The moonlight towers in Austin, Texas, are the only known surviving moonlight towers in the world. They are 165 feet (50 m) tall and have a 15-foot (4.6 m) foundation. A single tower originally cast light from six carbon arc lamps, illuminating a 1,500-foot-radius (460 m) circle brightly enough to read a watch. In 1894, the City of Austin purchased 31 used towers from Detroit. They were manufactured in Indiana by Fort Wayne Electric Company and assembled onsite. When first erected, the towers were connected to electric generators at the Austin Dam, completed in 1893 on the site of present-day Tom Miller Dam. In the 1920s their original carbon-arc lamps, which were exceedingly bright but time-consuming to maintain, were replaced by incandescent lamps, which gave way in turn to mercury vapor lamps in the 1930s. The mercury vapor lamps were controlled by a switch at each tower’s base. During World War II, a central switch was installed, allowing citywide blackouts in case of air raids. (source: Wikipedia)

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Materials Laboratory Case Study #3 | Manufacturer Infrastructure Upgrades – Material Verification News

Infrastructure Upgrades – Material Verification

MATERIALS LABORATORY CASE STUDY 3

THE PROBLEM
Structural Integrity received several sections of core reinforcing steel from a client performing work at a local university gymnasium (Figure 1). SI’s client needs to have an understanding of the material tensile strength in order to obtain the appropriate replacement material.

THE SOLUTION
Cross-sections were removed from each of the five samples and prepared for hardness testing. The hardness testing was performed as follows:

  • Shimadzu Microhardness Tester (HMV-2) –1.961 N load
  • Unit calibrated with a 206 Vickers (HV) sample block
  • Five readings were made on each sample

The five hardness readings from each sample were averaged and used to estimate the approximate UTS, and the material verification results are provided below.

Figure 1. The core reinforcing steel samples in the as-received condition | Infrastructure Upgrades – Material Verification

Figure 1. The core reinforcing steel samples in the as-received condition

Sample ID

Average Hardness (HV)

Approximate UTS (ksi)

C1-1

144.2

69

C1-2

147.6

70

C2-1

192.2

89

C2-2

198.6

92

C2-3

169.6

79

HARDENESS VS. TENSILE STRENGTH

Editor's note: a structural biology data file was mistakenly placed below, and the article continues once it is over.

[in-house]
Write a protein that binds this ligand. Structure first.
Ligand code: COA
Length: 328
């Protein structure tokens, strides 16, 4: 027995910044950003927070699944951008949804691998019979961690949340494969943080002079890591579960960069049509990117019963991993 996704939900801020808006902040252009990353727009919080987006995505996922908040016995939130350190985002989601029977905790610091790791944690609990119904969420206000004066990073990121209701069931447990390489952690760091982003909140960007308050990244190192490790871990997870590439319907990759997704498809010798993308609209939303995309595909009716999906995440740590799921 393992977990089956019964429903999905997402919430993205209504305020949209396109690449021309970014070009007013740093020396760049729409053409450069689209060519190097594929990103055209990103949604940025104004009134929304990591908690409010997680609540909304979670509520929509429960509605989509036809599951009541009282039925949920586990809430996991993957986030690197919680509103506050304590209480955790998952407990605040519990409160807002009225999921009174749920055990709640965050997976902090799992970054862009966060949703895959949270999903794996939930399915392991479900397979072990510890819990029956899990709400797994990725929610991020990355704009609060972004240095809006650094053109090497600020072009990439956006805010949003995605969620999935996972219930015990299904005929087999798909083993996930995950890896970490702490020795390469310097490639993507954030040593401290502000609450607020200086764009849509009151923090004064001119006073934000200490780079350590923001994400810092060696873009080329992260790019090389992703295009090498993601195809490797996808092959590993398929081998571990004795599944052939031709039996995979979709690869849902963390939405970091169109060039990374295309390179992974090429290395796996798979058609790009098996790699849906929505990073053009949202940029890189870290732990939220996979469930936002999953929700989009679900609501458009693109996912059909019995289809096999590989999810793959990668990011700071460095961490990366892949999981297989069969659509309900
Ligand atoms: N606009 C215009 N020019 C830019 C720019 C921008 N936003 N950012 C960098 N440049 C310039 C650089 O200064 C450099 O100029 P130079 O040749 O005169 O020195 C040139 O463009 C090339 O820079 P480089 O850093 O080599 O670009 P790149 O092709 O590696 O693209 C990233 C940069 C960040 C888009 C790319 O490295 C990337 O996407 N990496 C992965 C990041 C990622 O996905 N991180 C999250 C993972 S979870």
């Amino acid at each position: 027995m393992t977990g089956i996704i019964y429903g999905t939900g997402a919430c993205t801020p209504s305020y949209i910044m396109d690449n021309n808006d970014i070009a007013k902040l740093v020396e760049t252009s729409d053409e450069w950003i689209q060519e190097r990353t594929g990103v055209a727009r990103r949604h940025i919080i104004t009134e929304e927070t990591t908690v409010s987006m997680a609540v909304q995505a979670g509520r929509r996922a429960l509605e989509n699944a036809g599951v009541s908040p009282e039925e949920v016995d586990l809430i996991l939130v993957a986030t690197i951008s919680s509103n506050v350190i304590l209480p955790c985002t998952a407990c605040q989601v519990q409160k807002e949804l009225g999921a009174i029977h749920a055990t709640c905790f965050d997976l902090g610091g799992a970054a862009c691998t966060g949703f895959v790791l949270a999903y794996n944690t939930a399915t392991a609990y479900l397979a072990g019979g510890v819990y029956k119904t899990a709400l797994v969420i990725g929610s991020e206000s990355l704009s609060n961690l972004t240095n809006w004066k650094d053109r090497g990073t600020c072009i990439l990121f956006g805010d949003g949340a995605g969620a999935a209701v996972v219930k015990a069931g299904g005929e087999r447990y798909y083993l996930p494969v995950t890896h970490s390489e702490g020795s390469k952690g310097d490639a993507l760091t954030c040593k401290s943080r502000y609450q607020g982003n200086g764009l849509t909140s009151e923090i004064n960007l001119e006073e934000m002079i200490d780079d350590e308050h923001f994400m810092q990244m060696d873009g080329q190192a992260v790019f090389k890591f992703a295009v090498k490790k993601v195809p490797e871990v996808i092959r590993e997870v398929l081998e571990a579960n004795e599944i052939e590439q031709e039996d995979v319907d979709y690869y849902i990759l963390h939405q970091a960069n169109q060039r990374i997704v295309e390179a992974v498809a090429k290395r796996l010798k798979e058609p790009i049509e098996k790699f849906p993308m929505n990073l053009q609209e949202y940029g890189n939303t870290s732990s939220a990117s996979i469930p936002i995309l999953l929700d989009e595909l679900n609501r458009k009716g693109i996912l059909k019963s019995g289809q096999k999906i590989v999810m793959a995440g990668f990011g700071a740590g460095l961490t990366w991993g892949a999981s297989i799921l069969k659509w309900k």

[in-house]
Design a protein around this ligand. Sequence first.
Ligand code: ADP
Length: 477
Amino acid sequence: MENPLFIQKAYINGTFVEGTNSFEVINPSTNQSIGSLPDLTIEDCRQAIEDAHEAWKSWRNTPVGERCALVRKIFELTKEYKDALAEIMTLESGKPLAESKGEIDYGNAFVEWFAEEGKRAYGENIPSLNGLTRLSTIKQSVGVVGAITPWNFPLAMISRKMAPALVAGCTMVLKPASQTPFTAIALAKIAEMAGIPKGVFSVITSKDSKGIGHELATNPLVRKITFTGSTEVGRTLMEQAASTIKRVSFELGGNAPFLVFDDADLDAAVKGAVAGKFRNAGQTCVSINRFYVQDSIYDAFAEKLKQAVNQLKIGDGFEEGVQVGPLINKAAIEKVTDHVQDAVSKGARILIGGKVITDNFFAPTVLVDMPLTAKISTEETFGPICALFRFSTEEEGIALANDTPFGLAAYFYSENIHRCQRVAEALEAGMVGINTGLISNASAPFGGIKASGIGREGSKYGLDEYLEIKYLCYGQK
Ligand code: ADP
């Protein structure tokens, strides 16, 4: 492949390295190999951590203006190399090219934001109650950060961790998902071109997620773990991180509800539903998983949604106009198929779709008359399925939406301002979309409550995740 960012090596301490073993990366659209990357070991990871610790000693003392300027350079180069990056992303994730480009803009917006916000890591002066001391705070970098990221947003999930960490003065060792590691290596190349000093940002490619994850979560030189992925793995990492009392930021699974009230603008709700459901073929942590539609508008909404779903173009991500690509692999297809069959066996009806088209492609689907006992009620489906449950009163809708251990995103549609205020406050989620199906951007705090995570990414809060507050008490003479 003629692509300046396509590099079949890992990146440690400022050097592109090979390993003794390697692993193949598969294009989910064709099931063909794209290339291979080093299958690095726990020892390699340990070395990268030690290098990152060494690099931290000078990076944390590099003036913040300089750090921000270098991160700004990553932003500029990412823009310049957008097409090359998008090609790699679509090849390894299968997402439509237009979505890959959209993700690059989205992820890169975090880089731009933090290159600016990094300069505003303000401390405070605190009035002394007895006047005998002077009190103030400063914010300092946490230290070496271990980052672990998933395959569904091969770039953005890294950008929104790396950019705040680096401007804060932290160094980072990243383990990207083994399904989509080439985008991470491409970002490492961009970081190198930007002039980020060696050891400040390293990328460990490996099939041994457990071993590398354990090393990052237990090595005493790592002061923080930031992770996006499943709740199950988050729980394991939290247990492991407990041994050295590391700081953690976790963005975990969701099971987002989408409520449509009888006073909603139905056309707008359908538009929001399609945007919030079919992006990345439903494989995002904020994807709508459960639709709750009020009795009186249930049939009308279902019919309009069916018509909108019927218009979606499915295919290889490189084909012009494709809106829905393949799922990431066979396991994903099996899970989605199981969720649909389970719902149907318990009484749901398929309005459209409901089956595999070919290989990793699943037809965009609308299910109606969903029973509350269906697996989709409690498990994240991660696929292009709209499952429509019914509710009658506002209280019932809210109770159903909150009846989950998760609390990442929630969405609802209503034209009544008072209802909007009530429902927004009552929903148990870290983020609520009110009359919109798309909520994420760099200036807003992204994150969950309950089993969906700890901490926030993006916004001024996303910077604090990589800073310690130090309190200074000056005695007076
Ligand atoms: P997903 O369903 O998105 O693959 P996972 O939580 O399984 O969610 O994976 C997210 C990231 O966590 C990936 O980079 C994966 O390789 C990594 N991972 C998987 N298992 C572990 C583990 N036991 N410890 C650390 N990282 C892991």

Hardness is a measure of the resistance to localized plastic deformation induced by either mechanical indentation or abrasion, while ultimate tensile strength is the maximum stress that a material can withstand while being stretched or pulled before breaking. Because hardness can often be measured much more readily than tensile strength, it is convenient to use hardness to estimate tensile strength. Hardness correlates linearly to ultimate tensile strength through the empirical (although theoretically explained) equation H=UTS/k. Tensile strength estimates based on hardness should be used for guidance only and should not be used as set reference values. Some material conditions, especially cold work, can change the relationship between the tensile strength and hardness profoundly.

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Materials Laboratory Case Study #2 | Manufacturing – Process Upsets News

Manufacturing Supply Chain Upsets

MATERIALS LABORATORY CASE STUDY 2

THE PROBLEM
A manufacturer noticed recent material provided by a supplier was not performing as well as what had been provided previously, and asked SI’s Materials Laboratory to investigate.

THE SOLUTION
Two pieces of stock material were submitted for analysis (Figure 1). The sample marked as F was the most recent material supplied to a manufacturer and the unmarked sample was the material that had been previously supplied. The newer material was not performing as expected and SI was asked to compare the two samples to identify any differences.

Figure 1. The submitted samples of material

Figure 1. The submitted samples of material